Academic Press, 1974. - 312 Pages.The development of the high-speed digital computer has had, and continues to have, a revolutionary effect on modern applied science. Immediate evidence is available in the form of a large number of computer-generated numerical solutions of fundamental, unsolved systems of mathematical equations. The diversity of fields being affected includes lunar and planetary astrodynamics, wave diffraction, shock waves, laminar flow of liquids, free-surface fluid flow, weather prediction, thermodynamics, elasticity, electrostatic and gravitational potential, optimal control, n-body problems, vibration theory, molecular interaction, quantum theory, and relativistic collapse. Less obviously, there have been natural, qualitative changes in related mathematical models and theories.This book attempts to develop a broad spectrum of applications that can be formulated as problems in differential equations in the real domain. Existing analytical theories and techniques will be summarized appropriately so that the reader will understand when he should not use a computer. For those problems which cannot be solved analytically, we will develop finite difference, computeroriented-numerical methods for approximating solutions. Indeed, if a computer algorithm is defined as a finite sequence of computer operations designed to yield an approximate solution of a given mathematical problem, then this book is concerned primarily with the development of computer algorithms. In this connection,it must be understood that the immense power of the modern digital computer lies in its ability to perform arithmetic operations and to store and retrieve numbers with exceptional speed.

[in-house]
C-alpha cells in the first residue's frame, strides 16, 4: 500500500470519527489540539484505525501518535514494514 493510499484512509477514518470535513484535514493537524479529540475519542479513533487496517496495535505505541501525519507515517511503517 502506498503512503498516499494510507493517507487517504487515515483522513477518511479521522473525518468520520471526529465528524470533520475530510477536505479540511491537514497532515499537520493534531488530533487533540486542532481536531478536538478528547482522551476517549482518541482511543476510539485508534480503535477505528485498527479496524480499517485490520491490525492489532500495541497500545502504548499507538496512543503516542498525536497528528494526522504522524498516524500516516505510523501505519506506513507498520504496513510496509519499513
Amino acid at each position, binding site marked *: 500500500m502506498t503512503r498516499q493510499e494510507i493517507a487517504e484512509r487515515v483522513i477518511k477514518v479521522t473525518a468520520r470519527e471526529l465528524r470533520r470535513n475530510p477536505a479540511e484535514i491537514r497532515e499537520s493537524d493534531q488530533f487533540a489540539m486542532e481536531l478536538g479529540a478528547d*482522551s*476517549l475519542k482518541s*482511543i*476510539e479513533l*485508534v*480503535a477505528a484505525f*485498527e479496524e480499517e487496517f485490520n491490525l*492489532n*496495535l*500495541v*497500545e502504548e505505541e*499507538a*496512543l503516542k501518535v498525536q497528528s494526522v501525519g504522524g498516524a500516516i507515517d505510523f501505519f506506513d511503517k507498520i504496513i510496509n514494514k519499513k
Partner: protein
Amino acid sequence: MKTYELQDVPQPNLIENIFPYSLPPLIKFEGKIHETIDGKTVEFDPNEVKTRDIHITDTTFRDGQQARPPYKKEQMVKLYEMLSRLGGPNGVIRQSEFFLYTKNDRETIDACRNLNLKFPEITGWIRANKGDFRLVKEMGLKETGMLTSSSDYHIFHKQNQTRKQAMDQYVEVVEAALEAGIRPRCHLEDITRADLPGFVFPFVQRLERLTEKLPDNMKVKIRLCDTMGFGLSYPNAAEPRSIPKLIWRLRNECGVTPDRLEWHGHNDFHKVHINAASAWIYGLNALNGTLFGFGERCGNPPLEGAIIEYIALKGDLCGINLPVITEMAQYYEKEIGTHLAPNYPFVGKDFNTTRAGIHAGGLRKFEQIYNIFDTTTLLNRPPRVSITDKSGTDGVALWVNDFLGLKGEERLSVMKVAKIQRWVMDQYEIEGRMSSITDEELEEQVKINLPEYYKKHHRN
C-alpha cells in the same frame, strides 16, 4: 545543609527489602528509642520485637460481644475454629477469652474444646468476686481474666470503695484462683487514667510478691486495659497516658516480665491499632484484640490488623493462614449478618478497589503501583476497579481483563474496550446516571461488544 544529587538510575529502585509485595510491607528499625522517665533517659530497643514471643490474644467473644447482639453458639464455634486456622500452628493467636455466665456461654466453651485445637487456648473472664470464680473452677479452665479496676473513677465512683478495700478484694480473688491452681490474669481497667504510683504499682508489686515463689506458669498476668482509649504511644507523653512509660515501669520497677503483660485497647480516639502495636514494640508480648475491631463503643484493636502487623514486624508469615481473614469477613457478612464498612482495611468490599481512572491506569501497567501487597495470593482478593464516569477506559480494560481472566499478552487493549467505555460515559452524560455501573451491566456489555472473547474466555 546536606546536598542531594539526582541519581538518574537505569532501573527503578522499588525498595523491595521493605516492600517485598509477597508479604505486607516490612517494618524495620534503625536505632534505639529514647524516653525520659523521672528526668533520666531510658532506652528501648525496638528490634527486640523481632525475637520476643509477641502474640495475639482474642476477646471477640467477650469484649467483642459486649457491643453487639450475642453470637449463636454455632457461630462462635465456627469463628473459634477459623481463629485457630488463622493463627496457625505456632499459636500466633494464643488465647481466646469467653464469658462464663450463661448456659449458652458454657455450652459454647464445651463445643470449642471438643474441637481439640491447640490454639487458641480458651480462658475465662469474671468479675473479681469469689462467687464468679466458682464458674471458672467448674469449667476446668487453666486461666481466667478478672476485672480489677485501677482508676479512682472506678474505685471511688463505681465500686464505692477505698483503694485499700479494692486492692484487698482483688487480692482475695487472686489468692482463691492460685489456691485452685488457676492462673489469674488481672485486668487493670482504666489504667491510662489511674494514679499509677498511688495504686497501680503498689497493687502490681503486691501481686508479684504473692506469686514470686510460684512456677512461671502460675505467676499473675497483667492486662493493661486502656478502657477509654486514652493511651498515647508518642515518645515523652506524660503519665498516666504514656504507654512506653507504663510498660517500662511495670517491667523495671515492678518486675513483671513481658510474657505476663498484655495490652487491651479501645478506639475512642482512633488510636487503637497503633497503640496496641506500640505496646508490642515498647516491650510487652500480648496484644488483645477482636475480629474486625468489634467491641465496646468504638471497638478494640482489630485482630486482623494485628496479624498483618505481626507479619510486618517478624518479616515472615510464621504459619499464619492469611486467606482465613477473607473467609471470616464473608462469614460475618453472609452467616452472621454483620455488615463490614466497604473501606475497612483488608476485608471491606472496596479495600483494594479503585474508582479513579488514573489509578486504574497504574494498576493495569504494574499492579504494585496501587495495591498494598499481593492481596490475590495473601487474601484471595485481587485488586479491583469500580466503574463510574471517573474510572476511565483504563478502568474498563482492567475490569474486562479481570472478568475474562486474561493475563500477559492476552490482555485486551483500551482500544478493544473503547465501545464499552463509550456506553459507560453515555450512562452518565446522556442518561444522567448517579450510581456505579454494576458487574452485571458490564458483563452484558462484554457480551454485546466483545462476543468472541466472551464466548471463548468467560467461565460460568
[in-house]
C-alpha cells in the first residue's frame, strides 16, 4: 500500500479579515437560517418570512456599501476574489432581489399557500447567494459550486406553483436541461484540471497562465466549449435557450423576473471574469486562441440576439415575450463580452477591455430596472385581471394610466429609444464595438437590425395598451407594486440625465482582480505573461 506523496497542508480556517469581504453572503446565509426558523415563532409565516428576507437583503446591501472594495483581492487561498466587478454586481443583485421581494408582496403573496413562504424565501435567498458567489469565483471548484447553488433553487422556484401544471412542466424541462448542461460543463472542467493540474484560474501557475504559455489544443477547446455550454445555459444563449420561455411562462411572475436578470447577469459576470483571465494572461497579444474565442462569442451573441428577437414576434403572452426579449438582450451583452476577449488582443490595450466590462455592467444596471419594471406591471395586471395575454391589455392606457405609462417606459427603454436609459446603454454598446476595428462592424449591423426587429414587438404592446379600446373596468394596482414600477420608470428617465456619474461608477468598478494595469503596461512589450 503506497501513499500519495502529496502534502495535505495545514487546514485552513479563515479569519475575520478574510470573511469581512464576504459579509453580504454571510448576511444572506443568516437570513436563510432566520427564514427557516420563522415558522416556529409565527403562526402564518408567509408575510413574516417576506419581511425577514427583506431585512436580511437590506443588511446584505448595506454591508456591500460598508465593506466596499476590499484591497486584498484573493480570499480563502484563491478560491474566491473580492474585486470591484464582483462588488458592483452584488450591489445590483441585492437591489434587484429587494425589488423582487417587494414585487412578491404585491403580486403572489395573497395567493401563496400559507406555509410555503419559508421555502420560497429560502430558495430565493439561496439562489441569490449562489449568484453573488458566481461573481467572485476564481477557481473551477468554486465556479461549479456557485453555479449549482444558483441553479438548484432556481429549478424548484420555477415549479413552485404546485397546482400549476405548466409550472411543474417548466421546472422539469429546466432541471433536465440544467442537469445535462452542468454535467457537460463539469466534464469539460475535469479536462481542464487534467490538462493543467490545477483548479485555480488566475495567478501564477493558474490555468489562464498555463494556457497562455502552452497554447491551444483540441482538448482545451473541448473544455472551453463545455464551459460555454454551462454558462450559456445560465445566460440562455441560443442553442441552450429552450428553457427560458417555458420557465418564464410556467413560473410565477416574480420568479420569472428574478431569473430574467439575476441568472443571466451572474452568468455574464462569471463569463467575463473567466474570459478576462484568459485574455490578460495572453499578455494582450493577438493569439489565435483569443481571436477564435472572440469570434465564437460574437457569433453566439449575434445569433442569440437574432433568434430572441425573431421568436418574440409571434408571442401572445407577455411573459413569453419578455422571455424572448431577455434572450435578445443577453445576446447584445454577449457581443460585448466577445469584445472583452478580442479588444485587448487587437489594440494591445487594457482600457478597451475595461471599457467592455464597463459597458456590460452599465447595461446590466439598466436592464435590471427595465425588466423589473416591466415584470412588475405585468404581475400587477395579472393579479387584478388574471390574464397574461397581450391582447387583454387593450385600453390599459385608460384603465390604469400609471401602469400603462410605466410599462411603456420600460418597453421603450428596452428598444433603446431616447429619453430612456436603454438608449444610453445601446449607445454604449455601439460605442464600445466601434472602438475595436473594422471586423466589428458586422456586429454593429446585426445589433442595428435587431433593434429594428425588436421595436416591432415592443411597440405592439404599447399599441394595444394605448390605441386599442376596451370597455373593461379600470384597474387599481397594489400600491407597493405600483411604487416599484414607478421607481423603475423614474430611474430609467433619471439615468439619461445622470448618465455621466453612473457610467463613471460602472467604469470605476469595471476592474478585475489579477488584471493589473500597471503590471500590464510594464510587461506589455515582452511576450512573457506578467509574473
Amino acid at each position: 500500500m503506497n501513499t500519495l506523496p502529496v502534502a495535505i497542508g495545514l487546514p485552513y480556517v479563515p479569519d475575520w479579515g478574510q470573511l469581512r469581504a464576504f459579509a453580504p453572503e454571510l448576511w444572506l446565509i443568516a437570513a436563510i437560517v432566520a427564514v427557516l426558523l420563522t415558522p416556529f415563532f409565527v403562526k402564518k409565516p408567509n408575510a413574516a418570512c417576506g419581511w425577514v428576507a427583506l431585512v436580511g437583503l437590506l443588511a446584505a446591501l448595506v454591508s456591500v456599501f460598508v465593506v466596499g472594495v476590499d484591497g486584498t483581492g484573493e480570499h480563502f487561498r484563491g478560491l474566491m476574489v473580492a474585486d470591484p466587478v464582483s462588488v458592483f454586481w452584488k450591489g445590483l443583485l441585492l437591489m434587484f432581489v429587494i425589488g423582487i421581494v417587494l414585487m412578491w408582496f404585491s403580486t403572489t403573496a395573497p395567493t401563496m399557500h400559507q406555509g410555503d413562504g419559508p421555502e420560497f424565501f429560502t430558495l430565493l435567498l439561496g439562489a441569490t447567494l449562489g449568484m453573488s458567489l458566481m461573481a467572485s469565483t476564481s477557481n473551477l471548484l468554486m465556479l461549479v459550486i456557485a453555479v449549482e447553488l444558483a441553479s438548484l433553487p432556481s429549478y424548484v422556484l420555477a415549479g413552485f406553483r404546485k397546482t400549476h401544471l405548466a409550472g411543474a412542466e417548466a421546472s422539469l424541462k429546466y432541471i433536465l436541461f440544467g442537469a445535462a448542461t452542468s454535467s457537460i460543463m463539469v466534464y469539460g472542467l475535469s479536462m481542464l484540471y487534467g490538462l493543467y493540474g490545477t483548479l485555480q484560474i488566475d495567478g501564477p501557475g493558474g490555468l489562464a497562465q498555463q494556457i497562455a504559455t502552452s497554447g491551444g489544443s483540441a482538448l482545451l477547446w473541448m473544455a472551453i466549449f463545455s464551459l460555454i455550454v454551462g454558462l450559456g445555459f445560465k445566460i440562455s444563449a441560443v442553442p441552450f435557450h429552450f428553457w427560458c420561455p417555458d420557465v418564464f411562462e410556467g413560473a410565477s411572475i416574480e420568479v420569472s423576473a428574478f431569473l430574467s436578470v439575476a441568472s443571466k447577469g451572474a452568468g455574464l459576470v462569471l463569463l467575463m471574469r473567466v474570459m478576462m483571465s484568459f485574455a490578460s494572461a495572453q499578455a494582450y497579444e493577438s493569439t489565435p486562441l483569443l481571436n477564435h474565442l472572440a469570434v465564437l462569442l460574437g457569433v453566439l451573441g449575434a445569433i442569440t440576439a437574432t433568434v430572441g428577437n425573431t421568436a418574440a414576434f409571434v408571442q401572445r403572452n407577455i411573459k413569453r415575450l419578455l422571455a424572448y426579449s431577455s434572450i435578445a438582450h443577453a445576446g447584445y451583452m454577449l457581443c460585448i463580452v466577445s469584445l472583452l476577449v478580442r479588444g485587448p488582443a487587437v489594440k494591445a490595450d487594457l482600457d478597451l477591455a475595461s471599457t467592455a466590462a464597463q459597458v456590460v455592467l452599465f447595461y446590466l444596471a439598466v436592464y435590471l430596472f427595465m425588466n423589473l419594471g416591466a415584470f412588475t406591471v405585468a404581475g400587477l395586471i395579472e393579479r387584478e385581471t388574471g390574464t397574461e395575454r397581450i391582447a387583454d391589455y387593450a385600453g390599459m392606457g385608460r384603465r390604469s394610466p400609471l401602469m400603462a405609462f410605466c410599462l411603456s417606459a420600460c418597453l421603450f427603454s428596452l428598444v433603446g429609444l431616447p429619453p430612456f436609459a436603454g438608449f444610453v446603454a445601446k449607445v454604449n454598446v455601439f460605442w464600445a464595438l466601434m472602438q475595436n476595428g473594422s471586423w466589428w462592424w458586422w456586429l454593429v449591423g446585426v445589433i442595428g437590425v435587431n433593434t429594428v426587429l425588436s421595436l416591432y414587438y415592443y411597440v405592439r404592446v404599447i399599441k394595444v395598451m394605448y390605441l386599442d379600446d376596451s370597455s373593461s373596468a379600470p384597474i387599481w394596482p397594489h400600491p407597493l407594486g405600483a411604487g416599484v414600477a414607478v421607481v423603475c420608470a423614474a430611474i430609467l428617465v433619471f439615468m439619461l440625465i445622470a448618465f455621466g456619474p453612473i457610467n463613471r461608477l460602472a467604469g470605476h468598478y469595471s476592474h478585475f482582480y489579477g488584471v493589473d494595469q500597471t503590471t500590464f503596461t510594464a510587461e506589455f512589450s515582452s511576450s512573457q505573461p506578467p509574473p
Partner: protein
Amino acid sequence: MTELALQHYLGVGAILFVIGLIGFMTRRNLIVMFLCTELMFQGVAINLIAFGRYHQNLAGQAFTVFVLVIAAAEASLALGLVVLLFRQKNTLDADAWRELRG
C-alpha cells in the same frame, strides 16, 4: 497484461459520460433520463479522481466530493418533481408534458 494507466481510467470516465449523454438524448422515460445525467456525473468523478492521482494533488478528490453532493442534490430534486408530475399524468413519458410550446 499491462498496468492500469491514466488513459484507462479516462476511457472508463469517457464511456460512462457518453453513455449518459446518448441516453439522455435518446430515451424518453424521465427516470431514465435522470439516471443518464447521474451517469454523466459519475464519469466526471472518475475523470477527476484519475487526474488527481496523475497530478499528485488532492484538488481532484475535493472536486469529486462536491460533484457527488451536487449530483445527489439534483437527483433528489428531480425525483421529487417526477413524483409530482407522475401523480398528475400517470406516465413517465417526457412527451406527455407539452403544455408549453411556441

Чтобы скачать этот файл зарегистрируйтесь и/или войдите на сайт используя форму сверху.